Poker as Olympic Sport No Longer Far-Fetched Idea, But Pole-Dancing Getting More Ink

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Is poker just a game or is it a sport? That question has been debated for years, but the International Olympic Committee (IOC) is now giving poker consideration, along with other “non-sport sports” such as pole-dancing, to be included in future Olympic games.

Poker possible future Olympic sport
A variant of poker is being considered for future Olympic games, but it has many hurdles to jump before it can get there. (See what we did there?) (Image:

In 2010, ESPN poker columnist Gary Wise asked 50 professional poker players their thoughts on poker becoming an Olympic sport. The answers varied.

“No, it’s not a sport. Sports involve athleticism,” PokerStars pro Barry Greenstein opined.

“I don’t think poker is a sport. It’s the greatest game in the world, but it’s not a sport. The Olympics is the place for sports without leagues. Poker has its own place,” the now-far-less-visible Howard Lederer said.

“Yes, it should be in the Olympics. It’s a sport like any sport and each country can send players who represent that country,” argued Antonio Esfandiari.

What Does “Sport” Really Mean? What the Merriam-Webster Dictionary Says:
“An activity involving physical exertion and skill in which an individual or team competes against another or others for entertainment.”


Matching Up for Team Play

If poker is approved as an Olympic sport, the game played will be “Match Poker,” a variation that adds a team element to Texas hold’em.

Each team or, in this case, country, has one player at each table. The pre-flop betting structure is pot-limit and further rounds of betting are no-limit. Instead of earning money, points are accumulated by each team member and the team that gets the most points, wins.

Each team’s combined chips are compared after each hand and points are allocated based on the amount of chips won or lost on the hand. Chip stacks are reset to starting size after every hand.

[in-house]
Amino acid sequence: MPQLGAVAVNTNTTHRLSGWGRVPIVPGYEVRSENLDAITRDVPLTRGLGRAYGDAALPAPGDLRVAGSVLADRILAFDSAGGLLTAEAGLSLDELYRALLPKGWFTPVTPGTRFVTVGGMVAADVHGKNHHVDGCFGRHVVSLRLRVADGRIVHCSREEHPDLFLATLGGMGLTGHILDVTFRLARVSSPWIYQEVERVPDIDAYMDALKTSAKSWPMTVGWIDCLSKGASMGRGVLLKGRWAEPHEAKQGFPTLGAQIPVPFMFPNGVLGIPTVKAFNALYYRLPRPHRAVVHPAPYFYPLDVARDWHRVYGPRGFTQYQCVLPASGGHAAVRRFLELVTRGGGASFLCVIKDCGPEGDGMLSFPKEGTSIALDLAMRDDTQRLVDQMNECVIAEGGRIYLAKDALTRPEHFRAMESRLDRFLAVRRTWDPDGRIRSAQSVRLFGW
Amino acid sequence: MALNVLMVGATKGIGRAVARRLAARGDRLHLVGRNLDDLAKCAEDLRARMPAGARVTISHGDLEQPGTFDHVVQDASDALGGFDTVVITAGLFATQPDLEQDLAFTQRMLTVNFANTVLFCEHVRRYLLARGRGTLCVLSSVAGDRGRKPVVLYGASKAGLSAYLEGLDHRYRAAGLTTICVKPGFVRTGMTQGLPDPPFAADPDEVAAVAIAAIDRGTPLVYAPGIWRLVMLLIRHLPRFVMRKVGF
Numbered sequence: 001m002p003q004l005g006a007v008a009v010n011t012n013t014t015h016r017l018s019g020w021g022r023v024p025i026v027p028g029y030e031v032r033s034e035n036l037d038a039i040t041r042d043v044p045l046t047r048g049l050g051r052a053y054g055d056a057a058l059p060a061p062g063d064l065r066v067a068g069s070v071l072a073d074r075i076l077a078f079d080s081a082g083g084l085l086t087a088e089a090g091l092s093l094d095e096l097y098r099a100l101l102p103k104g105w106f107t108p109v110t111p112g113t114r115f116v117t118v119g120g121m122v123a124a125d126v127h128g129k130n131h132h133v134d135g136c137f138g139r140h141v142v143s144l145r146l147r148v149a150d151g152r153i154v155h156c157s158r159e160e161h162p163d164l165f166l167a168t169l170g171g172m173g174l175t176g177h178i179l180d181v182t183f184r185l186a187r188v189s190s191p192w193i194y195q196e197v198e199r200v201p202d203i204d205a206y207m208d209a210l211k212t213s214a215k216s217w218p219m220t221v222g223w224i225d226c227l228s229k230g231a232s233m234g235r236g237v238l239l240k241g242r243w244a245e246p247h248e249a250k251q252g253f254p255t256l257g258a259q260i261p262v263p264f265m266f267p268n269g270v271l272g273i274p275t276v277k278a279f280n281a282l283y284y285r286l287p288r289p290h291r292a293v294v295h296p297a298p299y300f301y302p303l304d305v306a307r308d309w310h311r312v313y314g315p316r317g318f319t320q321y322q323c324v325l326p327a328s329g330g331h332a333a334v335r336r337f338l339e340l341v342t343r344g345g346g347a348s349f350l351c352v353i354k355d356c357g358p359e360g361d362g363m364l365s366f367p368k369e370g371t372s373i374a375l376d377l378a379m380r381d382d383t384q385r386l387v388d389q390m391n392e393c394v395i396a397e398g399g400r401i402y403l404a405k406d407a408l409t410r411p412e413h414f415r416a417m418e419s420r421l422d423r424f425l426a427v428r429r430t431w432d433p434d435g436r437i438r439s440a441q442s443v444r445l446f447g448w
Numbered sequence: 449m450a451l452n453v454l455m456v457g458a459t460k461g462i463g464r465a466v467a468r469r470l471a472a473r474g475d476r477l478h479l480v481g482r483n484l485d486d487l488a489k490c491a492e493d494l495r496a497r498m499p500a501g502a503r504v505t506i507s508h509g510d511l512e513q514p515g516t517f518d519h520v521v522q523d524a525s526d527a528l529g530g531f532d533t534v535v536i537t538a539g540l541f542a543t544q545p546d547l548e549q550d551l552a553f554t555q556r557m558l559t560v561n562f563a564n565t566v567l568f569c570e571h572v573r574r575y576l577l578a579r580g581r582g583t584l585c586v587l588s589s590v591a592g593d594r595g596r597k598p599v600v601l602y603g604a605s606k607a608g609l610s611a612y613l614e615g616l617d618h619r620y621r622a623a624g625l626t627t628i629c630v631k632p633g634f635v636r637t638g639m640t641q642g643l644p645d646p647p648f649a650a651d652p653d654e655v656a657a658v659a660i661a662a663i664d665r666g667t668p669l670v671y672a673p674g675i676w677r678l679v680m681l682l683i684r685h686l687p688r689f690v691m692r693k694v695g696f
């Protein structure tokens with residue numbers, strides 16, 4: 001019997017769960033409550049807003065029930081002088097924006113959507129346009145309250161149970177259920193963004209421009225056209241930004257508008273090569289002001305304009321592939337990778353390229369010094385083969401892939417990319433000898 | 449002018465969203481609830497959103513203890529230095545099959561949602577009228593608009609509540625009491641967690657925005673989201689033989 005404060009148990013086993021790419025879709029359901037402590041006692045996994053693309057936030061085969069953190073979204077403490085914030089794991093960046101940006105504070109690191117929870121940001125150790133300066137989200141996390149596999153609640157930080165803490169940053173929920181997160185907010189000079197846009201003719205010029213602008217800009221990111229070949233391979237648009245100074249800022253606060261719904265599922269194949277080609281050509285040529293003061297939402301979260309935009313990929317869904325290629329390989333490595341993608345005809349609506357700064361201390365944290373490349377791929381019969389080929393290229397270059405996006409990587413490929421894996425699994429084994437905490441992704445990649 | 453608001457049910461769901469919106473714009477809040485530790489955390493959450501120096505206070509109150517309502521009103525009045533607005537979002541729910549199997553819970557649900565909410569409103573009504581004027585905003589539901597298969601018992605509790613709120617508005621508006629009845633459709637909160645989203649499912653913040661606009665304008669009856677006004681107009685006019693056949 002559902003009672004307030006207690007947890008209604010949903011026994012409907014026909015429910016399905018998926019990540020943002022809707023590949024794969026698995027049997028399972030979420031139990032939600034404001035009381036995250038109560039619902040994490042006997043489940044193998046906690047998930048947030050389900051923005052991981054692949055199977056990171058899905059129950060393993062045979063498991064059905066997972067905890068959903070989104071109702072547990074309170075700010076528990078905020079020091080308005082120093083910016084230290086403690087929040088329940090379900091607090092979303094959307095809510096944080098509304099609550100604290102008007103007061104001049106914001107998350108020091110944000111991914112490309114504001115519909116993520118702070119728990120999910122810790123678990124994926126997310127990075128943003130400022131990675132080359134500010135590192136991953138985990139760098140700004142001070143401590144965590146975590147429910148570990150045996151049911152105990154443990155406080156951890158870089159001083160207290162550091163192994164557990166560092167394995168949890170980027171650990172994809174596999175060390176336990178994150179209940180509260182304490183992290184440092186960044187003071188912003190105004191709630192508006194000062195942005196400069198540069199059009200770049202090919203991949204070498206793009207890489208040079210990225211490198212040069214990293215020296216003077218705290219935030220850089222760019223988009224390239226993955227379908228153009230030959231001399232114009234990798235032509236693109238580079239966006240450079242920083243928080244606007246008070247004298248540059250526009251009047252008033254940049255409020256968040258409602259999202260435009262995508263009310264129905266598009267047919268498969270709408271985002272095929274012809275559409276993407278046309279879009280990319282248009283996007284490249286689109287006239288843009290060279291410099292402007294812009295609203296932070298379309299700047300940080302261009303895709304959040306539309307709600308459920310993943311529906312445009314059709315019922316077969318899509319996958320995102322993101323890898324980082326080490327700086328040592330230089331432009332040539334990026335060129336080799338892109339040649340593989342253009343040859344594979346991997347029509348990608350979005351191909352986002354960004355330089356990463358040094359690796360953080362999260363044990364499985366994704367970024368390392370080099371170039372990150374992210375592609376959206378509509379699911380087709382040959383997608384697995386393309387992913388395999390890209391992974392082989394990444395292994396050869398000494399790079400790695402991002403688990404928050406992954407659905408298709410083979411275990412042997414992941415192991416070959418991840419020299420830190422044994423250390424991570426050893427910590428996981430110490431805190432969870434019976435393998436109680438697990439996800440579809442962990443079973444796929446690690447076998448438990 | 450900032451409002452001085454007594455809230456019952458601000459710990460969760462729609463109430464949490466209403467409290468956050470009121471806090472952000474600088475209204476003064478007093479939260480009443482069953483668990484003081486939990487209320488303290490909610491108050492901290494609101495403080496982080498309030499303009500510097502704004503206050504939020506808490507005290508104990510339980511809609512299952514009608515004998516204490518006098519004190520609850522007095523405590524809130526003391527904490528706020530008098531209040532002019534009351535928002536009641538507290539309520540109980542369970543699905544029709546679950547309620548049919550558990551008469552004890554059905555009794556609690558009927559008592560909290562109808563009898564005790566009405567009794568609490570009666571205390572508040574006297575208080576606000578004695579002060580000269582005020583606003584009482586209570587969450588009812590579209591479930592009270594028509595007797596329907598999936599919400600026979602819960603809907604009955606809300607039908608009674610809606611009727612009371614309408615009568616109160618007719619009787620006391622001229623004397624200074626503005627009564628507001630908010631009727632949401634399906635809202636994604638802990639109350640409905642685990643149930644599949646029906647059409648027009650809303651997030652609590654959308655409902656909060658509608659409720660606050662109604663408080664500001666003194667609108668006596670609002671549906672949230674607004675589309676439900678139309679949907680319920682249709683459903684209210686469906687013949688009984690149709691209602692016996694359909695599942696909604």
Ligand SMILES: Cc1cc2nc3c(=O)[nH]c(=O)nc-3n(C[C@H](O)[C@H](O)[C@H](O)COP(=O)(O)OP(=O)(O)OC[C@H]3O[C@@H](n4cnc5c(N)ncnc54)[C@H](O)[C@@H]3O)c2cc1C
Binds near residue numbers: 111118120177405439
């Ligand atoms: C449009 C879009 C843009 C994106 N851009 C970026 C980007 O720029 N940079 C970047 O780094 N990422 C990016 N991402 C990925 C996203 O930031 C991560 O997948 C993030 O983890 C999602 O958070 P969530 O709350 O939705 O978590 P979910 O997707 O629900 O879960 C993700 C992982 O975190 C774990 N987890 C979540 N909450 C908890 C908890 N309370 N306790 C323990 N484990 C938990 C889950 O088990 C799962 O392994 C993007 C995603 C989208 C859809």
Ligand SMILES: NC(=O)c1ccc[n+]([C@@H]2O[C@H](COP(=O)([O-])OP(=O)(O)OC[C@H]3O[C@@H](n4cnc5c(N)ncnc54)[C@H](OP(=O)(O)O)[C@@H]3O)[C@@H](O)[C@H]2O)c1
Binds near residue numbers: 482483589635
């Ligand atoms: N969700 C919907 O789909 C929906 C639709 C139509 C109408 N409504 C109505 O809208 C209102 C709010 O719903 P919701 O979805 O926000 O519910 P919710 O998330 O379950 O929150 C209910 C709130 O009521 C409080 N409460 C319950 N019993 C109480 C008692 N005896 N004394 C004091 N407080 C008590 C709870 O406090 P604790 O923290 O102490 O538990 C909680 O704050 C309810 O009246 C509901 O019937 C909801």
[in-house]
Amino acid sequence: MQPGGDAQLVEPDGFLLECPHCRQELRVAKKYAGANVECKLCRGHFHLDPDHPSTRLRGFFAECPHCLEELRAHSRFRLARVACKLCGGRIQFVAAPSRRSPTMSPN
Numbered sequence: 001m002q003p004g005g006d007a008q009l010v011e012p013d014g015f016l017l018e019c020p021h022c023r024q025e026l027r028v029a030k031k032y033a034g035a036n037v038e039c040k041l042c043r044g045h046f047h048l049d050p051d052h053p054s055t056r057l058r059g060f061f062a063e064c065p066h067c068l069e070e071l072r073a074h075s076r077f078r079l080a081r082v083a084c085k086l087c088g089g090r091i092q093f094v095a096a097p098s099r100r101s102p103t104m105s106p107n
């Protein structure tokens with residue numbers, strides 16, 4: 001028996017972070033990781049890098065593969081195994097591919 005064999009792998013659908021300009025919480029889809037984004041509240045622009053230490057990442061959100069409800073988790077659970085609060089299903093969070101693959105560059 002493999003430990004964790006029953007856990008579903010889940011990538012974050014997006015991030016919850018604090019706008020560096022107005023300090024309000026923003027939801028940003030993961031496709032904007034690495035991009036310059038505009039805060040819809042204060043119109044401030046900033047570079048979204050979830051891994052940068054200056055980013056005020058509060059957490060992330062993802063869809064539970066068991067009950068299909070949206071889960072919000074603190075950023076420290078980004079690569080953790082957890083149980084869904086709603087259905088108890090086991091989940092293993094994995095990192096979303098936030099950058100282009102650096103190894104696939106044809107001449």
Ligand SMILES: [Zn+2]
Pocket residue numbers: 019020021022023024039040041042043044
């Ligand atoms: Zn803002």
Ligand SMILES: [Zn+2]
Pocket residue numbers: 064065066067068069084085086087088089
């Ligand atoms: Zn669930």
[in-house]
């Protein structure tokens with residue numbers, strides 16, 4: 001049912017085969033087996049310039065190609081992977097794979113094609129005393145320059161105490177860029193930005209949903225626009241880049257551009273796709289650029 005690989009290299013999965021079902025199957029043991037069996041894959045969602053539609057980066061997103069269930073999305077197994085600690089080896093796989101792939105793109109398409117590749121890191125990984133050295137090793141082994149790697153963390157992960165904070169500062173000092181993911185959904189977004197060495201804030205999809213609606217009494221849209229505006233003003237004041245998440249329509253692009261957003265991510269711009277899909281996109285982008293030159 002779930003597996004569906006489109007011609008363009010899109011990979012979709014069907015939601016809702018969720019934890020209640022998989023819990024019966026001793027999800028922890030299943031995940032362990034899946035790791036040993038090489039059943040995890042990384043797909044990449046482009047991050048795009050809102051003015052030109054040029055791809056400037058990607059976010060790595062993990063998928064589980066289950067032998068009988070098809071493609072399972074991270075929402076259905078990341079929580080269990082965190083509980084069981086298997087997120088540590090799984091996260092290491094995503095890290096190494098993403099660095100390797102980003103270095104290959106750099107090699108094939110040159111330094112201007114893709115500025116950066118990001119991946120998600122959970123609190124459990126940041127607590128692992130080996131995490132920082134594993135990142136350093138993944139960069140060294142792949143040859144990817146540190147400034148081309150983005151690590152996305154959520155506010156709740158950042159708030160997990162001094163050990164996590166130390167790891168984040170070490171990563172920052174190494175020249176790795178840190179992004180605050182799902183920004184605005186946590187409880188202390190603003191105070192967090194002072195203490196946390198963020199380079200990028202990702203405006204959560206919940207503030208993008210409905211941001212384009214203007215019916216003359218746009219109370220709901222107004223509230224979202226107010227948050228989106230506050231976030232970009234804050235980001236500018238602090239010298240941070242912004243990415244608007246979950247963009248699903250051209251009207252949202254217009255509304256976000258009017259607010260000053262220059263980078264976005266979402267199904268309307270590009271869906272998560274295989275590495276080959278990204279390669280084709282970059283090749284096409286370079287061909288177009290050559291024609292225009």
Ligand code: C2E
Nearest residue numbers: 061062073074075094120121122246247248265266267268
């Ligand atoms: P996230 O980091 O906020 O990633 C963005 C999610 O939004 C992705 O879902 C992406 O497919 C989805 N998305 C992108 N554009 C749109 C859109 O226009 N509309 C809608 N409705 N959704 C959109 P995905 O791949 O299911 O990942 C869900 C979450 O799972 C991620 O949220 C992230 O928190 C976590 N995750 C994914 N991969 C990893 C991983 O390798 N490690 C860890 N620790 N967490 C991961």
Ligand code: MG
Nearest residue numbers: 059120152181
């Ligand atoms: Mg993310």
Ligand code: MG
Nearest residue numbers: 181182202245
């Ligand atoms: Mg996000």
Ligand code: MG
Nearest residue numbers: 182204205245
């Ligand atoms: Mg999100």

Competitors won’t invest their own money, eliminating the gambling element. That means people of all ages will have an opportunity to compete.

Also Under Consideration

The International Olympic Committee is also considering adding pole dancing (nope, that’s not satire), dodgeball, kettlebell, arm wrestling, foot golf, and foosball.

The Global Association of International Sports Federations (GAISF) granted observer status to the International Federation of Match Poker, which allows poker to be considered for future Olympic games.

“We warmly welcome our first Observers,” Patrick Baumann, the president of GAISF, said in a statement regarding the potential new Olympic sports. “This is an exciting time for them and for us and we will do everything within our remit to help them realize their full potential as International Federations within the global sport’s family and, one day, maybe become part of the Olympic program.”

The 2020 Tokyo Olympic games are already all set, with softball, karate, surfing, sport climbing, and the return of baseball being added to the summer lineup. So, that means poker, if approved, won’t be included until at least 2024.

But that’s assuming other current sports are eliminated. New Olympic sports are only added as a replacement for sports that have dropped out.

Poker is now in a similar boat as chess. Both are considered “mind games,” which has prevented chess gaining Olympic status. The International Olympic Committee imposed a ban on “mind sports.”

Are the limited physical actions involved in playing poker enough to deter the committee from giving the game a spot at the Olympic table? And what about the “skill” aspect as defined by the dictionary?These are the questions that must be answered by the decision makers before poker is approved as the next Olympic sport.

If they can take their eyes off the pole dancers long enough to give it some thought, that is.

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